The most difficult game of all time just got an insane update

Strike the earth!


Rob Price

Internet Culture

Published Jul 9, 2014   Updated May 30, 2021, 11:58 pm CDT

Across the globe, the hardest of the hardest of the hardcore gamers are rejoicing: After two years of waiting, the new Dwarf Fortress update is finally here.

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Dwarf Fortress defies easy explanation. At its most basic, it’s a strategy-team-management game focusing on a civilization of unruly dwarves—but such a description does it a disservice. Imagine the Sims crossed with Minecraft (in fact, Dwarf Fortress was a direct inspiration for the sandbox game), with an insane difficulty level and a degree of complexity that no other game on the planet can match. Every last detail is simulated to an excruciating degree, from each dwarf’s internal organs, their affinity for cows and the shape of the bridge of their nose, all the way through to 1000-year histories for huge, procedurally generated worlds and vastly complex geological strata. 

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The game is so complex that intrepid users have created functioning, programmable computers in-game, and stories of particularly notable fortresses have passed into Internet legend. The tale of Boatmurdered in particular, with its tantrum spirals, elephant invasions and magma floods gives a pretty good indication as to the eventual fate of most fortresses.

Oh, and it’s all rendered exclusively using nigh-on incomprehensible ASCII text, meaning would-be players have to learn to “read” the game before they can even begin. There’s a reason why the Dwarf Fortress community’s motto is “losing is fun.”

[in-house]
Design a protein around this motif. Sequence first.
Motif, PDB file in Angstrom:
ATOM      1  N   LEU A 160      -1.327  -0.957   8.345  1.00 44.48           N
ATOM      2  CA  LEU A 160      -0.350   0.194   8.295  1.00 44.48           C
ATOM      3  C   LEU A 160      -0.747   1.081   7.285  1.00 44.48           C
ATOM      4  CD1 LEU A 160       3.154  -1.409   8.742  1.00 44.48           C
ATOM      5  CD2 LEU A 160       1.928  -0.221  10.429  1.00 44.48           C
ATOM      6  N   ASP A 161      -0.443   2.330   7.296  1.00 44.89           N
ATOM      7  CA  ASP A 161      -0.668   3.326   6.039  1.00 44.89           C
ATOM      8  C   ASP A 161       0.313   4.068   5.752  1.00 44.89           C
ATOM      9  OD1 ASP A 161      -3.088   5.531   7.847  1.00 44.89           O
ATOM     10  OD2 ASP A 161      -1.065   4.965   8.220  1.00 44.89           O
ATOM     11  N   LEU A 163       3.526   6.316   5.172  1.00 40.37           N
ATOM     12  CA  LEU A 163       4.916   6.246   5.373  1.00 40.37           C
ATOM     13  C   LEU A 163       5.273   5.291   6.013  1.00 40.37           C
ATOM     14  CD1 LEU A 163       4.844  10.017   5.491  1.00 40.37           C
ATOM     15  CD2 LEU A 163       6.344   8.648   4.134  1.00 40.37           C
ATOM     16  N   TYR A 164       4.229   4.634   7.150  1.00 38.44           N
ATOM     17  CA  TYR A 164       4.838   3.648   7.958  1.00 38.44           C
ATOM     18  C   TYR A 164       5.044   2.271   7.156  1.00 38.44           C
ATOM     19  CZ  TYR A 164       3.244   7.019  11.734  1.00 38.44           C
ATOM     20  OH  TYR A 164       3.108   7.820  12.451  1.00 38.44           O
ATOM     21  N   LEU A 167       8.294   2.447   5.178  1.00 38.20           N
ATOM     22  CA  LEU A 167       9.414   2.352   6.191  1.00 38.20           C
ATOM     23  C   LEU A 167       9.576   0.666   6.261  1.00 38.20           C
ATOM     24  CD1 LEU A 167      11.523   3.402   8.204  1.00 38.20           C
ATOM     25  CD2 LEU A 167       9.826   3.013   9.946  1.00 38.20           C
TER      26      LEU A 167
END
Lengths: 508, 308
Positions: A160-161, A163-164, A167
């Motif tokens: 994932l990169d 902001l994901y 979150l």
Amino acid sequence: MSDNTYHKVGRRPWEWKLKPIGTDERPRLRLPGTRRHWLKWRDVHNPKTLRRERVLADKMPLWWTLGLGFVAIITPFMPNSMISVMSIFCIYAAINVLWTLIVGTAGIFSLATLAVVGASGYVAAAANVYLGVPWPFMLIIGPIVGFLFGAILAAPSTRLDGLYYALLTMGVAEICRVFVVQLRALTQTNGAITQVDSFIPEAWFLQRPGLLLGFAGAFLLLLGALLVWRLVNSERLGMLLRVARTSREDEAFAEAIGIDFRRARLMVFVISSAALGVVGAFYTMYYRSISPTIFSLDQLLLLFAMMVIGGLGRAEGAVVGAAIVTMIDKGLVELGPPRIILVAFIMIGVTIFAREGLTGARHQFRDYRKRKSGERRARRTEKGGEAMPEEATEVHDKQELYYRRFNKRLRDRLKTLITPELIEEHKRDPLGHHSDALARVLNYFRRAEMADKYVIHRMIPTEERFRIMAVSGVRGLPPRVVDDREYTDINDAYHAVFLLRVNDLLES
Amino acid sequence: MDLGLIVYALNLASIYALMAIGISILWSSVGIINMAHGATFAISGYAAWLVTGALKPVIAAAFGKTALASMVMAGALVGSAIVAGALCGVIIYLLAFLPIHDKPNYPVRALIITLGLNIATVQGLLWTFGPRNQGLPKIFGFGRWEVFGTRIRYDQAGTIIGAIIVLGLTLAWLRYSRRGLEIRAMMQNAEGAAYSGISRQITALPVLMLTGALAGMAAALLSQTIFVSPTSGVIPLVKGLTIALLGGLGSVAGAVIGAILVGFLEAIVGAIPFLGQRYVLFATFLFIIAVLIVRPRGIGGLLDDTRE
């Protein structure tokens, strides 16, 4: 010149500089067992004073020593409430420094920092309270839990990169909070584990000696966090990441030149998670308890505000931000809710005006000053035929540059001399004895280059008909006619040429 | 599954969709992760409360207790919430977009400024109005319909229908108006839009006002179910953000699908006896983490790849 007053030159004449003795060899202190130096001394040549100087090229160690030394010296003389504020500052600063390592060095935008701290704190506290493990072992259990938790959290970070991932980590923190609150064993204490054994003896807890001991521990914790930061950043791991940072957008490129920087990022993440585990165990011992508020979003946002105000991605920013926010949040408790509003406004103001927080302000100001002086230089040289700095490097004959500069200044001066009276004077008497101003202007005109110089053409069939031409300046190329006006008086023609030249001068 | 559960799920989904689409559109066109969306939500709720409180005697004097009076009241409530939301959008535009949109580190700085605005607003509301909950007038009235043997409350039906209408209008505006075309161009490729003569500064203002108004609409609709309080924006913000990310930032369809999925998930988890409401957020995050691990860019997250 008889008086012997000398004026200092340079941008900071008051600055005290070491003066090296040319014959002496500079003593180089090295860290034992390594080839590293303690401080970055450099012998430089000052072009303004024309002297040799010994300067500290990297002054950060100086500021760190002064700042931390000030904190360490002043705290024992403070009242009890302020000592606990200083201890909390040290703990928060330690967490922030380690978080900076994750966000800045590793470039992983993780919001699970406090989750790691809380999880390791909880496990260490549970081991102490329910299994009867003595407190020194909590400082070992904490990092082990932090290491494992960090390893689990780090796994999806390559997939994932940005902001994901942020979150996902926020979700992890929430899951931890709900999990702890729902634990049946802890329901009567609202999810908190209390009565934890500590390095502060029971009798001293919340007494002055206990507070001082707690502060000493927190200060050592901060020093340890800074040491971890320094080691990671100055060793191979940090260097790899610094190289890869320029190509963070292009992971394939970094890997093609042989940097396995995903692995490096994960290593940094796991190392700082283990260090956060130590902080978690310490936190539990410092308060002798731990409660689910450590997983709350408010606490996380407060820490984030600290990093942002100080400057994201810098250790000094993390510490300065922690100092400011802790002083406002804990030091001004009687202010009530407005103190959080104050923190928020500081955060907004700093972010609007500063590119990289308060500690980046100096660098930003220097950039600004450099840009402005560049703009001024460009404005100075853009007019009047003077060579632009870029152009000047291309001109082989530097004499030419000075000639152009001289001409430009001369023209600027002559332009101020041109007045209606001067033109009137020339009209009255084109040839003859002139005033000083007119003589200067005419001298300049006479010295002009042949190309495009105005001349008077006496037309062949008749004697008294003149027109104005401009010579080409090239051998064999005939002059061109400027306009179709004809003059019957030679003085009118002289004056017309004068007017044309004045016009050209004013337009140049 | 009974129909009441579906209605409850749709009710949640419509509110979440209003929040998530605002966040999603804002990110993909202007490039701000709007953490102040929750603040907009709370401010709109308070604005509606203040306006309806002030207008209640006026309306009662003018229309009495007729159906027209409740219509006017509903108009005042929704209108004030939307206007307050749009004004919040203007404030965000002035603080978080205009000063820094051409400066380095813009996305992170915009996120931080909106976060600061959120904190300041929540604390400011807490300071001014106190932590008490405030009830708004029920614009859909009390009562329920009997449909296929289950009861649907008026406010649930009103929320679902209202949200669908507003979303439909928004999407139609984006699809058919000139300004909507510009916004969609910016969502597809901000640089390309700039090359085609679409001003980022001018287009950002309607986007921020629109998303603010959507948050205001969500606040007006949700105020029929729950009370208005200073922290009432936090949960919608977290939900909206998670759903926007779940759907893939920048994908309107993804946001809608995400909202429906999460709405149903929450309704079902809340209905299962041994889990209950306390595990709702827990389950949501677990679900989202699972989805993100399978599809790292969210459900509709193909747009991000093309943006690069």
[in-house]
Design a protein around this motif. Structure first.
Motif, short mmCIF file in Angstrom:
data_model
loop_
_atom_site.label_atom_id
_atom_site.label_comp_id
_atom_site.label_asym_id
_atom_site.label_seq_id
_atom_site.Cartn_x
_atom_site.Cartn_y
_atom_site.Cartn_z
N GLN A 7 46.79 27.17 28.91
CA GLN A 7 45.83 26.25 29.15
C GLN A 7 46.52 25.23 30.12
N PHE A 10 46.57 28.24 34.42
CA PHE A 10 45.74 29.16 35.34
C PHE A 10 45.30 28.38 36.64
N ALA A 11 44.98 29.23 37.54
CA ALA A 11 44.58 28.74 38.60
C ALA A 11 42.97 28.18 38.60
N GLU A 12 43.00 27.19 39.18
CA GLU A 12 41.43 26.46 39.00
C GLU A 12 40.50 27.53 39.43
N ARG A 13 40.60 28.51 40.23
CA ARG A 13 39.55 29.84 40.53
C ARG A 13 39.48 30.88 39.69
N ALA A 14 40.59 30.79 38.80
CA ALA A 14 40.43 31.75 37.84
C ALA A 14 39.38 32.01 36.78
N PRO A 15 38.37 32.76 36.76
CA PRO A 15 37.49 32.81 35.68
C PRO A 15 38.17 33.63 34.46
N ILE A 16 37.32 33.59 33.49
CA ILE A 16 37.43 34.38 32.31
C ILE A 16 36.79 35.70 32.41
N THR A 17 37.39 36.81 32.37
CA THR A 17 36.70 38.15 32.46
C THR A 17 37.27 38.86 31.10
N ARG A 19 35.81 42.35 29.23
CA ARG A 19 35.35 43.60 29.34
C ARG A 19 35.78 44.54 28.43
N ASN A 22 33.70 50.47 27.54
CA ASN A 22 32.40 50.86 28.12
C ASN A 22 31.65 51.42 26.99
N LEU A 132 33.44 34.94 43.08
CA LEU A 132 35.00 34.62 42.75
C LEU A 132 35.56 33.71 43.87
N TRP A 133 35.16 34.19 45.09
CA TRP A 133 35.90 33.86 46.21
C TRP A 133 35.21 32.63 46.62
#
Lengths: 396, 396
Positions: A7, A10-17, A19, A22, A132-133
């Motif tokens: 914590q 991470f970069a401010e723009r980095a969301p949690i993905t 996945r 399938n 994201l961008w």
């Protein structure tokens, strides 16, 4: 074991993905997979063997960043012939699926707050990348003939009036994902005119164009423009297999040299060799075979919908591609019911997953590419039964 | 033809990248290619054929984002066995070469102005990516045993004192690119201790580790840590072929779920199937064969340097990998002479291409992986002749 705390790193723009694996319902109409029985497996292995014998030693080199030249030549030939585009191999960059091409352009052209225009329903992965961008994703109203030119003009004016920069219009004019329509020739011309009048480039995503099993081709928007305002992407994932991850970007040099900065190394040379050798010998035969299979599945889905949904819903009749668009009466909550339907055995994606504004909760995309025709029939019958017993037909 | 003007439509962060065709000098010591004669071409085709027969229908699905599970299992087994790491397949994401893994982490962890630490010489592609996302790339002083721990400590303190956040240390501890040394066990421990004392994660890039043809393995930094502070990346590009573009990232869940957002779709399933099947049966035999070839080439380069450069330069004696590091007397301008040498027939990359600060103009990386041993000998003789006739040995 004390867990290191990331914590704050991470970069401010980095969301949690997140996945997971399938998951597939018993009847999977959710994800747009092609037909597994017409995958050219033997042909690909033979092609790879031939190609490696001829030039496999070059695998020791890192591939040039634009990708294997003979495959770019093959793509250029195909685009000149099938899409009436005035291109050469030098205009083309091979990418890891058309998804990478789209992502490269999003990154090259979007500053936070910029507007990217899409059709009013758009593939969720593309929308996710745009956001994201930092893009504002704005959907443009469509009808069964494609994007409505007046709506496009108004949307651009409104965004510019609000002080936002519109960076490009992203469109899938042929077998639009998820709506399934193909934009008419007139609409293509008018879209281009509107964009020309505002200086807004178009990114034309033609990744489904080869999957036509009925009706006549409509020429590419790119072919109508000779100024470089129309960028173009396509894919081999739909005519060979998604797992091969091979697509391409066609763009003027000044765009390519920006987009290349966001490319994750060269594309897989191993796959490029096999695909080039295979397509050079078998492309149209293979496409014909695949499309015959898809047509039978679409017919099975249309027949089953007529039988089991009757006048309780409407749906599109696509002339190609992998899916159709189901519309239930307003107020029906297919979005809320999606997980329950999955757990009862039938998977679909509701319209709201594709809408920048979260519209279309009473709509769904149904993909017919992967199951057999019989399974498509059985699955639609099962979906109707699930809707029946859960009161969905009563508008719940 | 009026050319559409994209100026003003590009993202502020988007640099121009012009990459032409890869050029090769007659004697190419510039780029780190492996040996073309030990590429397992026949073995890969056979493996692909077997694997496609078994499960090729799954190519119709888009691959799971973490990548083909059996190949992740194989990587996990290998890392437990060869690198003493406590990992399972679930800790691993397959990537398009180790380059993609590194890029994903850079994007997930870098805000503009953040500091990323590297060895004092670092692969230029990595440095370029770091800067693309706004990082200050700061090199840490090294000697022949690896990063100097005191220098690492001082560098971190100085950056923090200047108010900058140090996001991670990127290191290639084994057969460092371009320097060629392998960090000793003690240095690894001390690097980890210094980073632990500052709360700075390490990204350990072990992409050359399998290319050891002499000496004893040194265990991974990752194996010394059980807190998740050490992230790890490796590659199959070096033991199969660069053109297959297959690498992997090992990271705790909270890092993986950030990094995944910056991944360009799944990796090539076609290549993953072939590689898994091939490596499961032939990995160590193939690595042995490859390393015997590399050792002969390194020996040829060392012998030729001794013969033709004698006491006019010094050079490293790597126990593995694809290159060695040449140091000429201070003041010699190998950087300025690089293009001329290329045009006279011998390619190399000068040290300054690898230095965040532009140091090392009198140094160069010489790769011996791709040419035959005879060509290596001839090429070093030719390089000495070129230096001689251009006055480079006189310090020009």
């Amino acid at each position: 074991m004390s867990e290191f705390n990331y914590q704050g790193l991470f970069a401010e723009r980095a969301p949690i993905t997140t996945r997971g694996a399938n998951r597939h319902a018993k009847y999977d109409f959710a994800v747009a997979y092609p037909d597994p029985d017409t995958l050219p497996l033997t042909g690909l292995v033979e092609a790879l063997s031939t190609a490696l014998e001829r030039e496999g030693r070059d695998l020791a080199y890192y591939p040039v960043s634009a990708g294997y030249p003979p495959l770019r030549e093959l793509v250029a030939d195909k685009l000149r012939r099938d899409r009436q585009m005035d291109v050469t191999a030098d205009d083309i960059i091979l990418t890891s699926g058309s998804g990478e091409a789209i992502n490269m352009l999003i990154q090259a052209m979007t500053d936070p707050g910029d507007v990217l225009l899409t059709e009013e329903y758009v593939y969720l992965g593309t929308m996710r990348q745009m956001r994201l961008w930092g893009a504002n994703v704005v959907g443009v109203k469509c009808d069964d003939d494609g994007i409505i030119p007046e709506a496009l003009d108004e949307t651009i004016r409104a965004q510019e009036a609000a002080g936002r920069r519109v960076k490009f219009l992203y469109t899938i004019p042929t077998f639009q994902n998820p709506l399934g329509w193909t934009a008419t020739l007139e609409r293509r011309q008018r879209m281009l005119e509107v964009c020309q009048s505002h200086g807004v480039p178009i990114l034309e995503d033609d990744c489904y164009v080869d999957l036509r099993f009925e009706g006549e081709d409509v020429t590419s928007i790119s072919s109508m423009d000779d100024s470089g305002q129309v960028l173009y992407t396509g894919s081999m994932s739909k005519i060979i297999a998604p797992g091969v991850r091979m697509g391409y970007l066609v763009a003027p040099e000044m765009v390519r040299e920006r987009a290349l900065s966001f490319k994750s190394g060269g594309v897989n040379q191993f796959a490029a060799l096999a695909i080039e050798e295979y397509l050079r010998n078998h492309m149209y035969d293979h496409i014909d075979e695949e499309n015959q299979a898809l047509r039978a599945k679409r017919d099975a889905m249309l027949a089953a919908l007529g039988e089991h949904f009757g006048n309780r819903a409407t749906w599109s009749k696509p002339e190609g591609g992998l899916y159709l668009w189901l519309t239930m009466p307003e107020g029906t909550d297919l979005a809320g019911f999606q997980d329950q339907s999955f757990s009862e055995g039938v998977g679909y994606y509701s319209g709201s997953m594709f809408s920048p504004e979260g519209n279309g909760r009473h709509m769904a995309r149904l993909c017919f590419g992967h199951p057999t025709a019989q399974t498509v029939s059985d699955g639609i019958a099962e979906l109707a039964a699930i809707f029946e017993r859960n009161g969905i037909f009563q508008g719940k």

dwarf fortress embark
A typical in-game screenshot upon starting a new fortress. 

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After two years of frequent, teasing developer log posts, Tarn Adams (aka. Toady) has finally unleashed onto the world a new version of Slaves to Armok: God Of Blood Chapter II: Dwarf Fortress—as Dwarf Fortress is officially called.

The new version includes dozens of updates and innovations, ranging from the major to the obscure. Civilization invasions are now modeled, and non-player-controlled dwarven, goblin, and elven populations now have pregenerated sites that can be visited. A rumor mechanic spreading word of notable incidents has been implemented, along with a reworking of dwarven psychology. 

Players can now also “retire” their fortress peacefully, meaning a bloody-alcohol-withdrawal-induced slaughter is no longer the inevitable end to every game. “Losing is still fun,” Adams said, “but if it doesn’t happen when you want, you can put it off for a while.”

Given Adams is the sole developer (though his brother assists in some aspects), on a game of this magnitude and complexity some bugs are inevitable. Posts on Reddit are urging newcomers to the game to hold off for a week or two until the most serious, game-breaking issues are adressed, and Adams has said that it “won’t be very long until the first fix release is up.”

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Some of the more peculiar bugs in DF2014 already identified include “flying animals falling out of the sky, [and] mystery babies appearing all over the place.”

In other Dwarf Fortress-related news, a recently released mod finally allows for real-time 3D graphic rendering, making the game with the world’s steepest learning curve perhaps just a little bit less inpenentrable. 

Photo via Dwarf Fortress

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*First Published: Jul 9, 2014, 12:49 pm CDT